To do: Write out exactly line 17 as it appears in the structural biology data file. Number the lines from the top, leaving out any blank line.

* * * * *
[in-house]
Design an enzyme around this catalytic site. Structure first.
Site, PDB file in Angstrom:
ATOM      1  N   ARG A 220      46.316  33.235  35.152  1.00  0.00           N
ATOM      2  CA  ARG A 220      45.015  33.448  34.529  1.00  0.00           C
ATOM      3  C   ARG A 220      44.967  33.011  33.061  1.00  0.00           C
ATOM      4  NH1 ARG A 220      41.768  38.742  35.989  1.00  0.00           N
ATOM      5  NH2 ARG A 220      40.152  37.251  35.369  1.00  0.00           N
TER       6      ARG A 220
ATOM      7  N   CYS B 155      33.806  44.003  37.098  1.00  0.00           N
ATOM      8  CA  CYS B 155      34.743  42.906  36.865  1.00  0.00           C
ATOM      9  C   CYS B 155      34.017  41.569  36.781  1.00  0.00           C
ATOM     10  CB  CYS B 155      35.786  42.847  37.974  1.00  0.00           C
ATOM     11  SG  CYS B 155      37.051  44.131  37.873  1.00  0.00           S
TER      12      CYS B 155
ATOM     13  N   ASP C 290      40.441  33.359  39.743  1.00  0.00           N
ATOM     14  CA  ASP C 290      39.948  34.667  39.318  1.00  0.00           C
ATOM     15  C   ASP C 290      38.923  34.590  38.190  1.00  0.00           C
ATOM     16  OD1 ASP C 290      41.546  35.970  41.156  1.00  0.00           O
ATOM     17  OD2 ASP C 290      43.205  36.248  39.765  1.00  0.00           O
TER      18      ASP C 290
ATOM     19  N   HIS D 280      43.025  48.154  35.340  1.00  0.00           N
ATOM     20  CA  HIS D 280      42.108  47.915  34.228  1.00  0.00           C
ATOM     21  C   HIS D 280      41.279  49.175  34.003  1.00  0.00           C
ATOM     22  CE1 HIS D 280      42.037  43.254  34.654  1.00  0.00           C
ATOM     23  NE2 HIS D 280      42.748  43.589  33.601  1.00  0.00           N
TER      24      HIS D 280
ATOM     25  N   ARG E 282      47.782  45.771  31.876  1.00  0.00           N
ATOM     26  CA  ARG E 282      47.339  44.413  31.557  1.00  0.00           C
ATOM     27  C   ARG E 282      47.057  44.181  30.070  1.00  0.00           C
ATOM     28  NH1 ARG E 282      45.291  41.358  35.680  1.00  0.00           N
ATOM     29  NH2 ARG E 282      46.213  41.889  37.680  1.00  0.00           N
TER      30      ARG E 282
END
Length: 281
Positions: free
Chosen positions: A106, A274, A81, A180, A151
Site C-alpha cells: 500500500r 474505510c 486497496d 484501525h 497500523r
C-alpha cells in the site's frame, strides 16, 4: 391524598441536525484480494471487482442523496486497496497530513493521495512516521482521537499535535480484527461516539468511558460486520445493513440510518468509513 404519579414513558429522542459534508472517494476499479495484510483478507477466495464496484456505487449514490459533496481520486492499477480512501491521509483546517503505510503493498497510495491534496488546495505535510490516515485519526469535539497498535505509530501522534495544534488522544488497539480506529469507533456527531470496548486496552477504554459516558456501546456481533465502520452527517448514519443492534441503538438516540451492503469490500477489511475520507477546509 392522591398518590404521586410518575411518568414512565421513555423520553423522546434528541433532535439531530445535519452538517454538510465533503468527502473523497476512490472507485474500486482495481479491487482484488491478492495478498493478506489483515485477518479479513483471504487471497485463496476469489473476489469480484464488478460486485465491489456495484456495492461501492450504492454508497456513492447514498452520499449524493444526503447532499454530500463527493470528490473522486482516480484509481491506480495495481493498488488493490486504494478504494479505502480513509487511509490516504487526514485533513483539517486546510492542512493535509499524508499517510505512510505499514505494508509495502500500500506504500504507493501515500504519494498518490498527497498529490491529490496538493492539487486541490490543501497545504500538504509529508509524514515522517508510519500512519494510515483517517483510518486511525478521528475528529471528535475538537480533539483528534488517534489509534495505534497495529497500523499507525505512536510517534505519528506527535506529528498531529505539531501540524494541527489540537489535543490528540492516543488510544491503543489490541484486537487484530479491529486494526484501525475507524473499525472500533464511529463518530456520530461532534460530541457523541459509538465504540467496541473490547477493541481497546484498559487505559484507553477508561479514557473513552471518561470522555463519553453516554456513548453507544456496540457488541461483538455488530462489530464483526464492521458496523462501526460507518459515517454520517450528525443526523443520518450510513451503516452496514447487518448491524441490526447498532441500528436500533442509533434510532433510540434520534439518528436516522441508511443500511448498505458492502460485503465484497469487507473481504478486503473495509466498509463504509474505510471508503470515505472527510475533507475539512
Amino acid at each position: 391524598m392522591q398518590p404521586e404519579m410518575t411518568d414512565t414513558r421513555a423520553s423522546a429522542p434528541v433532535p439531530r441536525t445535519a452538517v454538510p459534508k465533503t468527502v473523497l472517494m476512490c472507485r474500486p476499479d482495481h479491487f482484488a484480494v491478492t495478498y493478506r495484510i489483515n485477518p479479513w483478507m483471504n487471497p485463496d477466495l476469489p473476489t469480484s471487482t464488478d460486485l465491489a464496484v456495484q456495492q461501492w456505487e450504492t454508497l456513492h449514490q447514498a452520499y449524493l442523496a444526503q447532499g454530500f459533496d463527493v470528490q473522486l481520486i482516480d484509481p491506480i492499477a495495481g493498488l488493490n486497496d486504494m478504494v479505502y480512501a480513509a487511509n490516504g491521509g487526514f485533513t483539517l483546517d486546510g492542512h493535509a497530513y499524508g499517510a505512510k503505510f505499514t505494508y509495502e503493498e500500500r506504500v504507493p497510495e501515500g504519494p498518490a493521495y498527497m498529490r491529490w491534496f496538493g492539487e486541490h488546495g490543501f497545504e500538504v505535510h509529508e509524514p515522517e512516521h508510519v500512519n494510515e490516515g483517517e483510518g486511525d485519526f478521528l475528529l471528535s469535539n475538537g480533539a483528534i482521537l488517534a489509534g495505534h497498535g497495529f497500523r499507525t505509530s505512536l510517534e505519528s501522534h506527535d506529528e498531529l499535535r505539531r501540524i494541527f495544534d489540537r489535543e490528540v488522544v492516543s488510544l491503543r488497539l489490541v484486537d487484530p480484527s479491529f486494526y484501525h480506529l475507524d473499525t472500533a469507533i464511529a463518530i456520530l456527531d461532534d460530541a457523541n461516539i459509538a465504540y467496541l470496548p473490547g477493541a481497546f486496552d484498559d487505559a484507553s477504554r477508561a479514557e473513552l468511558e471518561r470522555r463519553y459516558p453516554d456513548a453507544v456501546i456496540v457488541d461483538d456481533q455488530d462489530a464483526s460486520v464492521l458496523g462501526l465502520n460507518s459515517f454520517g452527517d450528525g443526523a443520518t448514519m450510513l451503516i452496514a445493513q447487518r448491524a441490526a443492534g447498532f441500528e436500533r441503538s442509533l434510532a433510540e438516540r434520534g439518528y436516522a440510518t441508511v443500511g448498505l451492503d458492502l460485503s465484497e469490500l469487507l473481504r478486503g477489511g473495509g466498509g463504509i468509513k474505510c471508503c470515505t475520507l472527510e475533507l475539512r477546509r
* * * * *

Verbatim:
ATOM     14  CA  ASP C 290      39.948  34.667  39.318  1.00  0.00           C